Havens v. Havens

Decision Date02 March 1954
Citation63 N.W.2d 86,47 A.L.R.2d 1,266 Wis. 282
Parties, 47 A.L.R.2d 1 HAVENS, v. HAVENS.
CourtWisconsin Supreme Court

This is an action by Mrs. Harry Havens as plaintiff commenced April 9, 1952, against Harry Havens, her husband, to recover for personal injuries sustained when the car owned by her and driven by her husband collided with a car driven by Alvin Miner. Said Miner, named as defendant, however, had never been served with a summons, made no appearance herein and is not a party to this appeal. The action was tried to the court and a jury and a special verdict rendered. The court found Alvin Miner causally negligent as to lookout, speed, and with respect to his position on the highway and as to control and management. The jury found the defendant, Harry Havens causally negligent with respect to increasing the dangers assumed by the plaintiff regarding speed, control, and management. The jury also found that the negligence of Harry Havens was not the result of lack of skill or judgment on his part. Damages were assessed at $8,700 for personal injuries and $1,275 property damage to plaintiff's automobile. Besides the usual motions after verdict the defendant sought a change of answers to the special verdict so as to find that the defendant was not negligent as to speed and management and that his conduct was the result of lack of skill or judgment. The court denied defendant's motions and ordered judgment upon the verdict. Judgment was entered August 20, 1953. This appeal is from said judgment.

Langer & Cross, Baraboo, for appellant.

Hill, Miller & Hill, Baraboo, for respondent.

STEINLE, Justice.

Appellant contends that the emergency doctrine is applicable to him as a matter of law for the reason that while he was proceeding with due care he was suddenly confronted with a car 250 to 500 feet away, approaching him on the wrong side of the road and coming toward him at a high rate of speed. He urges that he ought not be held negligent because he turned to the left side of the road at the last instant in an attempt to avoid a head-on collision. He maintains too, that he ought not be held liable to his wife for his action deliberately taken, as a pure exercise of judgment, in choosing between alternative avenues of escape. It is also the position of the appellant that under the circumstances he was not negligent as to speed or that if such finding must be maintained against him then, that the plaintiff assumed the risk. Error is also alleged because the trial court did not submit to the jury certain questions pertaining to the failure of the wife to warn her husband of the danger ahead as well as questions affecting her assumption of risk,--questions of that kind having been specifically requested. Error is also claimed as to certain of the court's instructions.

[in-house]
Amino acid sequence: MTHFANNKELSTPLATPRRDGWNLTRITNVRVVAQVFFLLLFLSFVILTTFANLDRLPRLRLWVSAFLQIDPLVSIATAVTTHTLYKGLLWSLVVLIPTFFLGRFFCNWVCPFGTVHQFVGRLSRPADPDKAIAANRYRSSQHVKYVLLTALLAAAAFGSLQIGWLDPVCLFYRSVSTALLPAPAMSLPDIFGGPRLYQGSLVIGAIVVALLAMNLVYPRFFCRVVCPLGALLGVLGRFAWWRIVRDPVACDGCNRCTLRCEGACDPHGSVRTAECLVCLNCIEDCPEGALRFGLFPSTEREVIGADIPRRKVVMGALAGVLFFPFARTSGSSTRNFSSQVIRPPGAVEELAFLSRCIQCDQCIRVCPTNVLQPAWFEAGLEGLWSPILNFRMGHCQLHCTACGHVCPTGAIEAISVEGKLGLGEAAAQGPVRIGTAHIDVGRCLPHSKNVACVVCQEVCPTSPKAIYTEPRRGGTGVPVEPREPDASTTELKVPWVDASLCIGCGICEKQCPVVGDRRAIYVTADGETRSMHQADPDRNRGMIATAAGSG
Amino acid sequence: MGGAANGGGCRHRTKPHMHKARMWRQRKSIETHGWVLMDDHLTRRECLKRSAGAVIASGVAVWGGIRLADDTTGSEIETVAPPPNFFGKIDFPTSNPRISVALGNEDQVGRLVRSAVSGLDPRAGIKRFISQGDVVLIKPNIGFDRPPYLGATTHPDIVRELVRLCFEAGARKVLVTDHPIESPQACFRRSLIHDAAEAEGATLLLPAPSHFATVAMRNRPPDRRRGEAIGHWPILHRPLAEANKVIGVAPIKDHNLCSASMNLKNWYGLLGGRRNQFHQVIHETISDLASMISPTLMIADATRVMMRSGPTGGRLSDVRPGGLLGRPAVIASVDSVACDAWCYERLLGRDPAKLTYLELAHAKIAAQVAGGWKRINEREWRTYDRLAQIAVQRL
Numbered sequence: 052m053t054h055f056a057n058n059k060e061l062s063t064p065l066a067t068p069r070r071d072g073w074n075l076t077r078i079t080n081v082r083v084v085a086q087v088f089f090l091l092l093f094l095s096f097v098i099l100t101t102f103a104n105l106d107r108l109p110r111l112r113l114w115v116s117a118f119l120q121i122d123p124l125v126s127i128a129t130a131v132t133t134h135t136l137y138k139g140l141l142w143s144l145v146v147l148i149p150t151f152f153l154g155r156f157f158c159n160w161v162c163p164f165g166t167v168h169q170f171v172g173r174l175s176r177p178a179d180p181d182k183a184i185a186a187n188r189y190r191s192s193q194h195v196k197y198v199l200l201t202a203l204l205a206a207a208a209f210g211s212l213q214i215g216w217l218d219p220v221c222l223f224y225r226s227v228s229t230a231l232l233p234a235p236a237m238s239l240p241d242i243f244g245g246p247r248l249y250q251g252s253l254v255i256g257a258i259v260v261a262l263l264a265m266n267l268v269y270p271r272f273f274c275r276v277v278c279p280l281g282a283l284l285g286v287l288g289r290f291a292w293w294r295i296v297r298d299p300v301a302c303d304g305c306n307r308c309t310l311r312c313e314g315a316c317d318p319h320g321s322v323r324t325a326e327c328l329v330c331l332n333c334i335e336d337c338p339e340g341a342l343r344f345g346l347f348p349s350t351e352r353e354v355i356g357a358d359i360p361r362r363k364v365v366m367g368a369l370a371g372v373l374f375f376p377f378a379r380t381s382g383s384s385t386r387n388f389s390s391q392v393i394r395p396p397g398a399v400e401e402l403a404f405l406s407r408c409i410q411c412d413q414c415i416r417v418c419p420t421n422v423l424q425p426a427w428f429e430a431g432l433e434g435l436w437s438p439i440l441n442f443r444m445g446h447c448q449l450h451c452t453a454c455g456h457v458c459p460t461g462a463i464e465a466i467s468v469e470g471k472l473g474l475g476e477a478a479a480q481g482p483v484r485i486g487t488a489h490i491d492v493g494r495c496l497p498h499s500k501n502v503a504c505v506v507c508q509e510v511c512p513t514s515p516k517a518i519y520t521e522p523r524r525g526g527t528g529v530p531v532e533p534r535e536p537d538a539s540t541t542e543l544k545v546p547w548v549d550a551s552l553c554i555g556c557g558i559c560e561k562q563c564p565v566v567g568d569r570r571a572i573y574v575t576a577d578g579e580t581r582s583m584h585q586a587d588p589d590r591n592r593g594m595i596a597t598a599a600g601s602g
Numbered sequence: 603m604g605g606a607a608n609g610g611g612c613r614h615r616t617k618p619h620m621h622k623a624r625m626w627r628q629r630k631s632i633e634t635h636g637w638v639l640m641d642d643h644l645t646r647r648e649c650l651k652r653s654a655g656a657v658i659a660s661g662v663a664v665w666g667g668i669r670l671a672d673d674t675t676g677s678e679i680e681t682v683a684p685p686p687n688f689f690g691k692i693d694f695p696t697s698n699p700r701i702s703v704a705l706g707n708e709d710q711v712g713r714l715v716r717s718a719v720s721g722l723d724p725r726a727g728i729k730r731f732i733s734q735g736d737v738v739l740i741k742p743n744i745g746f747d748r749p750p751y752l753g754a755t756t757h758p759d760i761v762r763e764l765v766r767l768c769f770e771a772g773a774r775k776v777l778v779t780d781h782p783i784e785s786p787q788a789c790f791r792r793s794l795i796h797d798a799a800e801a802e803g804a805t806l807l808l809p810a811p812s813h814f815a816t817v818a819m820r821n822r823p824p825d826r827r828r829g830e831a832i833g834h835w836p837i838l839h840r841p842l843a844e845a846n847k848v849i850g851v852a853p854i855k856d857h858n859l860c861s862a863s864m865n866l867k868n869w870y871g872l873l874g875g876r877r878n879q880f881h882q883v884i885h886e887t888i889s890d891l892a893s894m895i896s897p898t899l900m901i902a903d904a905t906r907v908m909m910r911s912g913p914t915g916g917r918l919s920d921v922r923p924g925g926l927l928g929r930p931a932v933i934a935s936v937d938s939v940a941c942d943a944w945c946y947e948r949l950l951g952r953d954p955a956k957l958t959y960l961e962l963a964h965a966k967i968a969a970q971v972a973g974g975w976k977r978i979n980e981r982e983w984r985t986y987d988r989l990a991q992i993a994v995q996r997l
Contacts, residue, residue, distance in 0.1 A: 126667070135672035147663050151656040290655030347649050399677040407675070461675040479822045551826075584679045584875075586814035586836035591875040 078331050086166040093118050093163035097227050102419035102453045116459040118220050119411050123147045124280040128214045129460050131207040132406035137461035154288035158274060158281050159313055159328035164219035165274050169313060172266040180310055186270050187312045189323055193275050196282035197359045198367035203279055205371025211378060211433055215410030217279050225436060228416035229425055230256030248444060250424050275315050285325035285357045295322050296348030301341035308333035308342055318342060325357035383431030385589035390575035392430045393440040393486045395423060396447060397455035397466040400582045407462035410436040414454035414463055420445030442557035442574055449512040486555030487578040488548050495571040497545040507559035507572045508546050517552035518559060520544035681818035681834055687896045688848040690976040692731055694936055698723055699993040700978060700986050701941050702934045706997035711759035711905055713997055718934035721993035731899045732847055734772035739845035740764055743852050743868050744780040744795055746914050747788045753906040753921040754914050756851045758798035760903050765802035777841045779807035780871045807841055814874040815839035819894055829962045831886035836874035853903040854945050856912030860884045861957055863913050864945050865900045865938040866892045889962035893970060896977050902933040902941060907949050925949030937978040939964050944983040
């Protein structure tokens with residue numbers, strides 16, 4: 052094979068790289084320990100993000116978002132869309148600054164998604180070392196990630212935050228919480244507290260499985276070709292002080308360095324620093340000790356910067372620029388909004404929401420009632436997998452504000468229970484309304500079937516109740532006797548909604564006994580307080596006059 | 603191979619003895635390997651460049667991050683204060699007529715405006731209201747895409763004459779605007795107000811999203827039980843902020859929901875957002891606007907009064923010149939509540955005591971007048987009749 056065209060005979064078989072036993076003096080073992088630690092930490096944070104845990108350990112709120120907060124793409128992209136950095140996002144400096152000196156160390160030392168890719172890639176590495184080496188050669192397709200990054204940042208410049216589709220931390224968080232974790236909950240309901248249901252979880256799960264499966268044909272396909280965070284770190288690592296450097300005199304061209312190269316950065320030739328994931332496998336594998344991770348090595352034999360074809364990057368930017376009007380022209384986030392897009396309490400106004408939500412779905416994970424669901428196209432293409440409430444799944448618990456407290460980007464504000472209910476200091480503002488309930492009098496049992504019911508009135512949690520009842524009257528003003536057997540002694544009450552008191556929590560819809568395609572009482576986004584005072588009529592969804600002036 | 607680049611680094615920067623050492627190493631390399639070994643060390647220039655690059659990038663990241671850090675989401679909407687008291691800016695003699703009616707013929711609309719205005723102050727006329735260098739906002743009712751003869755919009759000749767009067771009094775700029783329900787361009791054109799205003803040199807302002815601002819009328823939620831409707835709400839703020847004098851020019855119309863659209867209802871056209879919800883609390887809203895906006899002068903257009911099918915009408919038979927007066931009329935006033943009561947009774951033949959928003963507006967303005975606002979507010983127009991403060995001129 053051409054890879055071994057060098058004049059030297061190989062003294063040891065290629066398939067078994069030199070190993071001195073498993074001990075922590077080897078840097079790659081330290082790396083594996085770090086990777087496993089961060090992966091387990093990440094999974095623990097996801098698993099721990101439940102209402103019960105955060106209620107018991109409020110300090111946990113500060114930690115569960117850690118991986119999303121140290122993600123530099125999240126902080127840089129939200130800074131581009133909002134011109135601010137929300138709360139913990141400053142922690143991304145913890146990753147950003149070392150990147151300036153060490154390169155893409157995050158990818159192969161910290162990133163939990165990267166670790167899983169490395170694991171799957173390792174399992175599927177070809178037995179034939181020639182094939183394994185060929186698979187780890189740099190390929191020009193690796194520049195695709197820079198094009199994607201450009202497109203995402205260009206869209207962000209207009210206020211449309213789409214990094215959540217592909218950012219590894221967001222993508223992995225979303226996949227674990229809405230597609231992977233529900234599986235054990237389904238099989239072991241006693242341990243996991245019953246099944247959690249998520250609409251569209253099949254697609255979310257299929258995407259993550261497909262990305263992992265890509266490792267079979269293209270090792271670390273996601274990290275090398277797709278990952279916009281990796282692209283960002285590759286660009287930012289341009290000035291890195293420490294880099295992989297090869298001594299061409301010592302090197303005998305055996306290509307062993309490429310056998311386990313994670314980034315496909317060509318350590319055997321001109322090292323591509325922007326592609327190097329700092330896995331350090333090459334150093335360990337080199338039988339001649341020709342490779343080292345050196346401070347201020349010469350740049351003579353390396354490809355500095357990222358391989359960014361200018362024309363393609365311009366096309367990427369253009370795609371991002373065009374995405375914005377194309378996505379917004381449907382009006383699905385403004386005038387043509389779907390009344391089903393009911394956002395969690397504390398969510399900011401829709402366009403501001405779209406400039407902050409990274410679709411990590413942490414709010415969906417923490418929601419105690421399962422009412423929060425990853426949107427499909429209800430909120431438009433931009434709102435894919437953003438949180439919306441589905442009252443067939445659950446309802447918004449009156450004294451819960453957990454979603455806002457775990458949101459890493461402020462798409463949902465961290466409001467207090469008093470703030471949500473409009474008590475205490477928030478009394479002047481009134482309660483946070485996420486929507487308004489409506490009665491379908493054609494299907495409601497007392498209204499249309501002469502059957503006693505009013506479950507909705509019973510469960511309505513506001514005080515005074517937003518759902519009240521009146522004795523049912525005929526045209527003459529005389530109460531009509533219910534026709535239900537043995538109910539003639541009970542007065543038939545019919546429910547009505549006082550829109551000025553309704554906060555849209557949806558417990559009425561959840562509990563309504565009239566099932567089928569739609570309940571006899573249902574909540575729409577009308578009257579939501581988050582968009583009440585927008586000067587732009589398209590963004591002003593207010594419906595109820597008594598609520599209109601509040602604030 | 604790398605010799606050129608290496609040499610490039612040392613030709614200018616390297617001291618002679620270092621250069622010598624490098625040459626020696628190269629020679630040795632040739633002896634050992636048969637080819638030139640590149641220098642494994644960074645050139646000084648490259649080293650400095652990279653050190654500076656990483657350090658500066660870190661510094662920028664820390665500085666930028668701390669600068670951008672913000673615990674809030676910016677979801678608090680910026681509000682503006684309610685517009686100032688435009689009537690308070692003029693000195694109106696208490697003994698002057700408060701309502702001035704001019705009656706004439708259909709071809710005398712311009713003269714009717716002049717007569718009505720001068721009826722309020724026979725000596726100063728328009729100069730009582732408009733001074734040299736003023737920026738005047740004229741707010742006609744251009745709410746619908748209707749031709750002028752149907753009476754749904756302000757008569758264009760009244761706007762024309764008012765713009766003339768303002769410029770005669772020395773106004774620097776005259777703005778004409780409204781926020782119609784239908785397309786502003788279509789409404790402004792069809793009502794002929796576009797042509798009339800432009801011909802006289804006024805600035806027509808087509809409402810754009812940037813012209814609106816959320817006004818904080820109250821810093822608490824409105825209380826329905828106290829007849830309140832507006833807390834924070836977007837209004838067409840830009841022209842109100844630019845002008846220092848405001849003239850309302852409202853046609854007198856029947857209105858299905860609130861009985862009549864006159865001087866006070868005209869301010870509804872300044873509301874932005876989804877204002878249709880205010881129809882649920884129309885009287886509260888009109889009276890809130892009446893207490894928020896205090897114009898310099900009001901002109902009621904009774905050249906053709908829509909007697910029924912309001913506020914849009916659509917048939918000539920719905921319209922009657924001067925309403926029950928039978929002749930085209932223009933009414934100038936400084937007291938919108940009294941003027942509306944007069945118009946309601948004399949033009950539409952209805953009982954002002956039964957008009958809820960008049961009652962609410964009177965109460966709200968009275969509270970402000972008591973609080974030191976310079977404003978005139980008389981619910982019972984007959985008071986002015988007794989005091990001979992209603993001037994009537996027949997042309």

The collision occurred at about 4:00 a. m. on July 9, 1950, at a point on U. S. Highway 12 approximately 18 miles north of Baraboo. The 20 feet concrete highway in the immediate vicinity of the collision was straight, level, dry, in perfect condition, and passed through open country in a generally east-west direction. A shoulder 10 feet wide extended south from the edge of the pavement.